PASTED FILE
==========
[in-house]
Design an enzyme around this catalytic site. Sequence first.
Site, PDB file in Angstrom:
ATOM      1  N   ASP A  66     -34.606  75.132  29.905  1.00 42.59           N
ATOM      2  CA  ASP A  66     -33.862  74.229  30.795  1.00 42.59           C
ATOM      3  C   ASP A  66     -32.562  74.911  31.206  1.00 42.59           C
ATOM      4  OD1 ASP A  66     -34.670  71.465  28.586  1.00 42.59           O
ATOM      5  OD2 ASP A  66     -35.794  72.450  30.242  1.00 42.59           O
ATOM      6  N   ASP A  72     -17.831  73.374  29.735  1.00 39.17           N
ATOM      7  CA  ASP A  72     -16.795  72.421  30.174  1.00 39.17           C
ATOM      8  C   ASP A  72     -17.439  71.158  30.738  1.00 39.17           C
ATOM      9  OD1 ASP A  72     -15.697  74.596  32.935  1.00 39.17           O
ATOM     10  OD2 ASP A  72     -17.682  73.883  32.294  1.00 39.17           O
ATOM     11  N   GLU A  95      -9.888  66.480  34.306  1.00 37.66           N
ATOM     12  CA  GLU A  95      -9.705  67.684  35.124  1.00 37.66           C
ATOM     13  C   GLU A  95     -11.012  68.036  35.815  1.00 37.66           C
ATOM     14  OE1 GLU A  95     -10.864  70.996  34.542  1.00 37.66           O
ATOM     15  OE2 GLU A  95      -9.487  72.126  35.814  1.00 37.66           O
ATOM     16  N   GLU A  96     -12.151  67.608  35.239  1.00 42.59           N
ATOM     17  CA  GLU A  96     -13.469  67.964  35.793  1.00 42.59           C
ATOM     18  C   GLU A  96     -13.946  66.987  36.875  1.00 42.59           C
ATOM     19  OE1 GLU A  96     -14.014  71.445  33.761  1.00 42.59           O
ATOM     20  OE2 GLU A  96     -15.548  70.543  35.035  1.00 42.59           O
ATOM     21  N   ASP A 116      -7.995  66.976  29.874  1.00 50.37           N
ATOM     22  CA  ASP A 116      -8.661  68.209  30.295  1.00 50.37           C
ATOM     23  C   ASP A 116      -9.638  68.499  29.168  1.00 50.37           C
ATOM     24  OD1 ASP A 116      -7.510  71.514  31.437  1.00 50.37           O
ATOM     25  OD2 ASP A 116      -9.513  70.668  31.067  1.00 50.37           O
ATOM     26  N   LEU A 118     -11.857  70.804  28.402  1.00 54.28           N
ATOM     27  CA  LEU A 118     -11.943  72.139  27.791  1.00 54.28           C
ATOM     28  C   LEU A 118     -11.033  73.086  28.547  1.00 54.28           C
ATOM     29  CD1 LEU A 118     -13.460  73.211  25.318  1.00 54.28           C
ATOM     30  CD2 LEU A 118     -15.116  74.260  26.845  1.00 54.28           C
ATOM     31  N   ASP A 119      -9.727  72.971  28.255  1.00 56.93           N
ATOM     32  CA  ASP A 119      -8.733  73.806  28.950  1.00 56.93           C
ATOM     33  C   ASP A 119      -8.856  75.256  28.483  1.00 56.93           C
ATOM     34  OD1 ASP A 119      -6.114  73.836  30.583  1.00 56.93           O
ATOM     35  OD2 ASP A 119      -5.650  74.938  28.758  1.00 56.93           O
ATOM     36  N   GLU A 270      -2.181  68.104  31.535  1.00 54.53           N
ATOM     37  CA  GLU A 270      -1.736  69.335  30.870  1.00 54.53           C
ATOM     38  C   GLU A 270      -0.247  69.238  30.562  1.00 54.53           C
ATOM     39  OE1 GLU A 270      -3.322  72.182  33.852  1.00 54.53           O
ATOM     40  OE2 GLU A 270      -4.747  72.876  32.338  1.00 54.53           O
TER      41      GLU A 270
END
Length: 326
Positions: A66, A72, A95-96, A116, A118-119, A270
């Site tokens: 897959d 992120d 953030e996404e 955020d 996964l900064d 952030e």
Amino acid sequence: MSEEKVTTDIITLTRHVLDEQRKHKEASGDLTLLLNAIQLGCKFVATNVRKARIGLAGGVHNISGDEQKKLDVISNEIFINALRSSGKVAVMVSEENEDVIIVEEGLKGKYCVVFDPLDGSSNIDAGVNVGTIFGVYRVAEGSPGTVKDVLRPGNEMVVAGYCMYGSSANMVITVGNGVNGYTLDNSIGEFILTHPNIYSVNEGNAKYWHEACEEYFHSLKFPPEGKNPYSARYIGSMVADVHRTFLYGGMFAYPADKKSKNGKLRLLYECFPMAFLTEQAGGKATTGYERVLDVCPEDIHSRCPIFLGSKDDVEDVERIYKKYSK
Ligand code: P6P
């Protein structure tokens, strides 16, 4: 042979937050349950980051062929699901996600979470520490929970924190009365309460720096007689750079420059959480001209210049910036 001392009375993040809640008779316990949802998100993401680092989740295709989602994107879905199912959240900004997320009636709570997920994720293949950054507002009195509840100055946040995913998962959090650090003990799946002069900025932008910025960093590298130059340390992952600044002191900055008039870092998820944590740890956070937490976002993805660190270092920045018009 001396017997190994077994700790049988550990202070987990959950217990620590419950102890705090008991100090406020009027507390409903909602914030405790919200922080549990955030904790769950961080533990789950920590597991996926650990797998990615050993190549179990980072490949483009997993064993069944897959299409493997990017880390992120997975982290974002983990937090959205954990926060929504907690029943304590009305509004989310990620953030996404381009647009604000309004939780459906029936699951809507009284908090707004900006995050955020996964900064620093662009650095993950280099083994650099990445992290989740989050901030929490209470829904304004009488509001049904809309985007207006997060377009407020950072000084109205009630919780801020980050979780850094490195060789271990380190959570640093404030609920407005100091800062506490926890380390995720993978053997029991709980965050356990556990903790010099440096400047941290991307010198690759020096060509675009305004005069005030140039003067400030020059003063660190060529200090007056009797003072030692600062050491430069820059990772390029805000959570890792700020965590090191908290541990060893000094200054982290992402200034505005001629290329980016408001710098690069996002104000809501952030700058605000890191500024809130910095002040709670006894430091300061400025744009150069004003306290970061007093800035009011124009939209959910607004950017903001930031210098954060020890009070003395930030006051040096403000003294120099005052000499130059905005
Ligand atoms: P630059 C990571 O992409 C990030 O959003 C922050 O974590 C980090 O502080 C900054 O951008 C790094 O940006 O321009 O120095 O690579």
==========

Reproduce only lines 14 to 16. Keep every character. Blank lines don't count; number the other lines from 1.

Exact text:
ATOM     11  N   GLU A  95      -9.888  66.480  34.306  1.00 37.66           N
ATOM     12  CA  GLU A  95      -9.705  67.684  35.124  1.00 37.66           C
ATOM     13  C   GLU A  95     -11.012  68.036  35.815  1.00 37.66           C